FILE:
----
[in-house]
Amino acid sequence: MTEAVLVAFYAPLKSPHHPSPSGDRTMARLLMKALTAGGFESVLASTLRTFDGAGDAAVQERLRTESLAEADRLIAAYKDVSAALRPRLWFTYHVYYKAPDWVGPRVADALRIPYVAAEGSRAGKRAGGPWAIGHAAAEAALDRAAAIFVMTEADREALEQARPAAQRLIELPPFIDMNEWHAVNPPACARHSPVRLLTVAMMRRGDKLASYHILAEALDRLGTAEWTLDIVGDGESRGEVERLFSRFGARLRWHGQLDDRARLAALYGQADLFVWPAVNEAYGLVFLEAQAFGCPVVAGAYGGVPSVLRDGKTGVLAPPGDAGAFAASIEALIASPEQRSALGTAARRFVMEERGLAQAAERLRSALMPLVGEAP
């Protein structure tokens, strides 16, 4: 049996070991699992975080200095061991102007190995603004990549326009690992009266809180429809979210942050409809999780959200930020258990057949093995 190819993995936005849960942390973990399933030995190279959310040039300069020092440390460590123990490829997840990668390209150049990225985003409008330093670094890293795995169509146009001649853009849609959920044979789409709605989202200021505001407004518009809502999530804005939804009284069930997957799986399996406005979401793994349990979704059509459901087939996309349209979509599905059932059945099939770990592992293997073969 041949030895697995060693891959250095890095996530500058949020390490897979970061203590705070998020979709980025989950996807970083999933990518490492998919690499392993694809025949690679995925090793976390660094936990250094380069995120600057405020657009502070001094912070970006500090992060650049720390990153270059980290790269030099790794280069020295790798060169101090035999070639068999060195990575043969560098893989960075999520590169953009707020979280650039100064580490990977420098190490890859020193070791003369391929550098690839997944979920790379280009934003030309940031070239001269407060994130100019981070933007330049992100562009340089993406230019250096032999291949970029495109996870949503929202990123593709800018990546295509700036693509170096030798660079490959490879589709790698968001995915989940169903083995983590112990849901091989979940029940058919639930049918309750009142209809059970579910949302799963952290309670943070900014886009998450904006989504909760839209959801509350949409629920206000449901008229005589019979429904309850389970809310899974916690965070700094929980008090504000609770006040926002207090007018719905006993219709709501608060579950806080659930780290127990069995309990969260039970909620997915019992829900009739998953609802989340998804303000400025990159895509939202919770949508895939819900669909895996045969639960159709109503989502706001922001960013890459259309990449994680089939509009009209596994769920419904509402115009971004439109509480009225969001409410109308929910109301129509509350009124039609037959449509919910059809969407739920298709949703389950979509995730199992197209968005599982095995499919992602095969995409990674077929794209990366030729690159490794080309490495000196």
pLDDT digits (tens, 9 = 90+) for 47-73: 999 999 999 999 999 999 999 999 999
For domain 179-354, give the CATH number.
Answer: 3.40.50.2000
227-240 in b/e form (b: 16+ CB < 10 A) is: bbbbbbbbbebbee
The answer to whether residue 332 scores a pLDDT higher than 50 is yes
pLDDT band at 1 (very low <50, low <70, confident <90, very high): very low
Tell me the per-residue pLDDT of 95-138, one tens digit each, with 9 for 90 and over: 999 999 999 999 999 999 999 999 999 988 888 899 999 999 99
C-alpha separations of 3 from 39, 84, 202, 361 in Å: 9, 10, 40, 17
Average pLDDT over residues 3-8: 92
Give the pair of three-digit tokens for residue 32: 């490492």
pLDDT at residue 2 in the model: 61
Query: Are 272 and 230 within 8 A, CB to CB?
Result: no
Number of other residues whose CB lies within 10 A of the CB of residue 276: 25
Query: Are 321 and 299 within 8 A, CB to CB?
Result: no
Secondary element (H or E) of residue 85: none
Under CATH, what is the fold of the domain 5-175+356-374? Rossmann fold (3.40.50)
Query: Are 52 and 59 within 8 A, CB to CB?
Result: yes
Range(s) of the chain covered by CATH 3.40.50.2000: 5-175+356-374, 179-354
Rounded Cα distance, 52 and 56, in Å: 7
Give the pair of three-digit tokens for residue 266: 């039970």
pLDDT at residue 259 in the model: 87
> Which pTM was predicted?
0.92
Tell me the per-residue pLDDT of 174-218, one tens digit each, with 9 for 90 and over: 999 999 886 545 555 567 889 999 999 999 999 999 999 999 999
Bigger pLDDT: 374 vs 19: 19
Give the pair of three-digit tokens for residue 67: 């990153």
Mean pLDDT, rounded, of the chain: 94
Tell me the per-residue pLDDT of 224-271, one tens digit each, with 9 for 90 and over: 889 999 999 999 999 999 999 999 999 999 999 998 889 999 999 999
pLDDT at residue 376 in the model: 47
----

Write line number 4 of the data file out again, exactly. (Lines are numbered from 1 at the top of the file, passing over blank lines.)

pLDDT digits (tens, 9 = 90+) for 47-73: 999 999 999 999 999 999 999 999 999